Mythology and revolution

There is a beautiful sister and an ugly sister. We know such tales from childhood.

There is the allure of the beautiful female face that seems to summon us. And there are the hissing snakes for hair and the gorgon features of the face that repulses us.

In his 1848 article for the Neue Rheinische Zeitung about the June revolution of 1848, Marx gives us a story of the beautiful sister and the ugly sister in terms of revolutions. The part played by the beautiful sister is the universal revolution that overthrows the signs of the old order. This revolution is conducted under the sign of the universal family – except it is no longer a family with a father at the head of it. No, this is the family of brothers, of fraternity. But this revolution conceals within it an undermining fact. Just as Cinderella does all the chores that allow her sisters to appear beautiful, so, too, does the proletariat do all the chores that allow for the beautiful overflow of fraternal feelings. When the proletariat gets tired of playing this role, it rises up. This is the revolution of the ugly – the ugly sister of the beautiful revolution. The story shifts, at this point. Cinderella’s godmother does not turn her into the beautiful woman she secretly is. Rather, the godmother – a chthonic which – takes Cinderella’s place.

“The February revolution was the beautiful [schöne] revolution, the revolution of universal sympathies, because the contradictions which erupted in it against the monarchy were still undeveloped and harmoniously slept next to one another, because the social struggle which formed their background had only achieved an airy existence, an existence in phrases, in words. The June revolution is the ugly revolution, the repulsive [abstoßende] revolution, because the phrases have given place to the real thing, because the republic itself has bared the head of the monster by knocking off the crown which shielded and concealed it.”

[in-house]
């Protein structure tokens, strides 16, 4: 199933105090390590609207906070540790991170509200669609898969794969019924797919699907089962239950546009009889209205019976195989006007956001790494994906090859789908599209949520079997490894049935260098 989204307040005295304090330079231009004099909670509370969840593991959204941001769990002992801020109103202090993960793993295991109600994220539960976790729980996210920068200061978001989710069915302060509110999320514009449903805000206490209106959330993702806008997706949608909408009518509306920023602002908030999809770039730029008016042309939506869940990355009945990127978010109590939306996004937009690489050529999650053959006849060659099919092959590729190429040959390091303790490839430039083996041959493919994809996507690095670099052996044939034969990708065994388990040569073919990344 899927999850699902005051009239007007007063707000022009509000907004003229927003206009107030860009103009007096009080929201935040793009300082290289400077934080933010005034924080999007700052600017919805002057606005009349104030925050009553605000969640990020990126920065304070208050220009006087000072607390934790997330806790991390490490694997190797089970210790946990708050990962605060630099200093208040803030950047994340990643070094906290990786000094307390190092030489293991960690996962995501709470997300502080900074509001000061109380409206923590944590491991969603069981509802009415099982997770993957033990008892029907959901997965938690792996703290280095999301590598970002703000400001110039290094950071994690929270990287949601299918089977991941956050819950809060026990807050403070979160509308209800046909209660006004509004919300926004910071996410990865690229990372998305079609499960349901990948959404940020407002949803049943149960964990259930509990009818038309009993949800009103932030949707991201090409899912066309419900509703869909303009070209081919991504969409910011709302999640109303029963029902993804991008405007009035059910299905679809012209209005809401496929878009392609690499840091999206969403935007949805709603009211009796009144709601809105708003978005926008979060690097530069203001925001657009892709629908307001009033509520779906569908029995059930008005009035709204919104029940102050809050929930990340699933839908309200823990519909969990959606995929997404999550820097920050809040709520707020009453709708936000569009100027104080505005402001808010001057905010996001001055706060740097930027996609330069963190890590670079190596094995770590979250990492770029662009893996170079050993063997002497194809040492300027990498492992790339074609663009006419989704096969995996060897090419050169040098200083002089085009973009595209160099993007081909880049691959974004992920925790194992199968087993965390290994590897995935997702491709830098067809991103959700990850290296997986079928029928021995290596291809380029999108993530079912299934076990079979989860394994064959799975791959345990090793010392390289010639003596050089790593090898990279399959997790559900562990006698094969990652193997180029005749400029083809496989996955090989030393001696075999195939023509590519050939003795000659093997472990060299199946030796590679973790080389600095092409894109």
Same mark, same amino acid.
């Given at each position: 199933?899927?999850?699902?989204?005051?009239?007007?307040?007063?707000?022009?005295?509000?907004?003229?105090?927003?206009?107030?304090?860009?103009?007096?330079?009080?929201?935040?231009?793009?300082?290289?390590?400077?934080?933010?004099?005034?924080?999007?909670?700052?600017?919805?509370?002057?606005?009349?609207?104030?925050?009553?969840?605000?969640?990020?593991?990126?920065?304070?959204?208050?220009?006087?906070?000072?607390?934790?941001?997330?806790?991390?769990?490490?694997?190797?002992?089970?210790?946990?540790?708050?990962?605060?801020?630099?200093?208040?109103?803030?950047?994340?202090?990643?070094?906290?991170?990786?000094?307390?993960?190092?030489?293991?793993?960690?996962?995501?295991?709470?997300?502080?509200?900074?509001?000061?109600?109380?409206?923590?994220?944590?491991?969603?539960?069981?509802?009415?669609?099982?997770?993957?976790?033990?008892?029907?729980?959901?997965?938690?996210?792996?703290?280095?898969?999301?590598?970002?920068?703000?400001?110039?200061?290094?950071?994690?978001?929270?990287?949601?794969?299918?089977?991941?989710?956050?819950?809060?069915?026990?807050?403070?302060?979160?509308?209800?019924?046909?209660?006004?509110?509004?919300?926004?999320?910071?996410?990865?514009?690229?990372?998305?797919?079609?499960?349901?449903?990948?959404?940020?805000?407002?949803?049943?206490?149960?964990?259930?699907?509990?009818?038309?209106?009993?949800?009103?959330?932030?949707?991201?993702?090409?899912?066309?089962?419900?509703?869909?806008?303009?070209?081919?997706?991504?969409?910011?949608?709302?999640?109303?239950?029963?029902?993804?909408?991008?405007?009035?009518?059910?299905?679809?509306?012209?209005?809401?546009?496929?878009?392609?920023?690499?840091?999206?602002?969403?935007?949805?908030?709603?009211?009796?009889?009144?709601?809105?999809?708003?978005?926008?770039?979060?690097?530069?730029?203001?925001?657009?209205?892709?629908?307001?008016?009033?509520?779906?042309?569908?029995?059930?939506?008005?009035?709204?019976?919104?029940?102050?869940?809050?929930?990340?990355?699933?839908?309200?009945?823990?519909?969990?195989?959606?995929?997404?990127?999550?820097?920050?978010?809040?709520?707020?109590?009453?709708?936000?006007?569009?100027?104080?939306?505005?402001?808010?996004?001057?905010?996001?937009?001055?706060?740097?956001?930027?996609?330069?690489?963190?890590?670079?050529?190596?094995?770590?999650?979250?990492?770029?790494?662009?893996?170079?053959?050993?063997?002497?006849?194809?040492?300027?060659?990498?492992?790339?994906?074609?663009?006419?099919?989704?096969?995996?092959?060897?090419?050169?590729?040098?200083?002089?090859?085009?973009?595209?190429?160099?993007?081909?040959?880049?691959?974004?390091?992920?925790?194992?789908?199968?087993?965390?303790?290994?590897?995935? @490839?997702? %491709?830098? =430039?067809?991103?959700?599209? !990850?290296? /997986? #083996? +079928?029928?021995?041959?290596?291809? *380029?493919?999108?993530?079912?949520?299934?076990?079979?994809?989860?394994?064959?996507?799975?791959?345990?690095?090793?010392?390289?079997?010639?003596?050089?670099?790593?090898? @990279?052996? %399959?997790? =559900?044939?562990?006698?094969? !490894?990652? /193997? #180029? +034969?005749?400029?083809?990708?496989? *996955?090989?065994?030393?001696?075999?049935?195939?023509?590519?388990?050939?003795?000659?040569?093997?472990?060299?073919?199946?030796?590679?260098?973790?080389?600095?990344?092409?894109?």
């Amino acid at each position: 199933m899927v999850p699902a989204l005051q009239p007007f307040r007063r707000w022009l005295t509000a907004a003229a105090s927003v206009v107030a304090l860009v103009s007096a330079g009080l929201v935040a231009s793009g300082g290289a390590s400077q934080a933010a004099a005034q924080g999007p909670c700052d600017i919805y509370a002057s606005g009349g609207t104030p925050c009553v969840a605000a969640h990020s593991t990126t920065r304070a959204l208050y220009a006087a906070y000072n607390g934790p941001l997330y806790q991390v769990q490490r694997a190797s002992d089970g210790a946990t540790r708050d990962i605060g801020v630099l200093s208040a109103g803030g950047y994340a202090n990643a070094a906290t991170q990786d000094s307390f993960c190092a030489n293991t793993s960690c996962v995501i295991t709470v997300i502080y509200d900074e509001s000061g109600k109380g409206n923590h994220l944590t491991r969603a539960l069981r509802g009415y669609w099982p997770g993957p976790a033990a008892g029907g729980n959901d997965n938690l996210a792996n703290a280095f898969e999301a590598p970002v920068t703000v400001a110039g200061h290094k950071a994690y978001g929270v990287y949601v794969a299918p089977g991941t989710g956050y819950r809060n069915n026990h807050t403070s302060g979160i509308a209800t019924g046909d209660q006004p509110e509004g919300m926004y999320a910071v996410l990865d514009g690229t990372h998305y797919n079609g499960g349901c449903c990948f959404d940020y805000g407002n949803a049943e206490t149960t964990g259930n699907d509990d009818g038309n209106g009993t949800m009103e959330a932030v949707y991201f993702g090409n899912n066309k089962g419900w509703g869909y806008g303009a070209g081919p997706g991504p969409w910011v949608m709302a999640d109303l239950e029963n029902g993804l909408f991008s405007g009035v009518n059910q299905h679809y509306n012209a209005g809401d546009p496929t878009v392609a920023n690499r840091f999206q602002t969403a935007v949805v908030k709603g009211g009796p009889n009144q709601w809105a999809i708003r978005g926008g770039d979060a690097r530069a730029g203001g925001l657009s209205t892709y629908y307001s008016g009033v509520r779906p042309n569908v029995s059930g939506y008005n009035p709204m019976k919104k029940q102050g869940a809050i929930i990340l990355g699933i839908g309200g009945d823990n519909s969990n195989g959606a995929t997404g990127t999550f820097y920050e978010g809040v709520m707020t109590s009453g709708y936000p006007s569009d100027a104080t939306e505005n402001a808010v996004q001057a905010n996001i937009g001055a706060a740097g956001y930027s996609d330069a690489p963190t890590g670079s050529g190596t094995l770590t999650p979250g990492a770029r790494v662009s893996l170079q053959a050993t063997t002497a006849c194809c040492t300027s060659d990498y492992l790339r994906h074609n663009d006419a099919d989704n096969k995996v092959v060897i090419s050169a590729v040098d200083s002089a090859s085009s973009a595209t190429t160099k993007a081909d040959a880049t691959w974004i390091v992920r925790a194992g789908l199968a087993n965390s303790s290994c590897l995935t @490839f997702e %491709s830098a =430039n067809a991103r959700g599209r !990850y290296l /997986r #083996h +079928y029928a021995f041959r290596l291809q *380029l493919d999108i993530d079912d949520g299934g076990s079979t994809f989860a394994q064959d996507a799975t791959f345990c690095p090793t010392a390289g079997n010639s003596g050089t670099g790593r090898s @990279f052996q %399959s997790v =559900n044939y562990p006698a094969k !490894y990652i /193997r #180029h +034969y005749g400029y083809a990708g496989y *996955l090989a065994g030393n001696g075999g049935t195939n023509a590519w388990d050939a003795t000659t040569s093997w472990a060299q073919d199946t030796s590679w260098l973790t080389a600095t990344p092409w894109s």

The repulsive face of the monster - who does it belong to? The phrase about the repulsive revolution suggests that the monster is the working class – a monster concealed by the old order. But it is more than the working class. The proletariat is the product of the bourgeois system. Thus, in the house of the father, the monster is concealed – and when the brothers rise up to destroy the father – a story of Freud’s, remember – what do they find? Father was a bluebeard. But they, the brothers, far from being innocent, have merely used the crown to conceal their own work.

The monster’s head comes back in the preface to the first, German edition of Capital. Here, the same unveiling takes place. Again, what the monster is, and who is responsible for it, becomes cloudy – is the monster the system or the product of the system?

Where capitalist production has been completely assimilated by us, for example, in the actual factories, the conditions are much worse than in England, as the counterweight of factory regulations is missing. In all other spheres as, besides, in the whole of continental Europe, not only the development of capitalist production hurts us, but the lack of its development as well. Next to modern distresses, a whole series of inherited distresses also oppress us, springing from the vegetative continuation of archaic, obsolete modes of production, with their train of obsolte social and political relations. We not only suffer from the living, but the dead. Le mort saisit le vif!

In comparison to England, social statistics in Germany and elsewhere on the continent are in a miserable state. Yet they lift the veil just enough in order to allow us to see the Medusa head behind them.”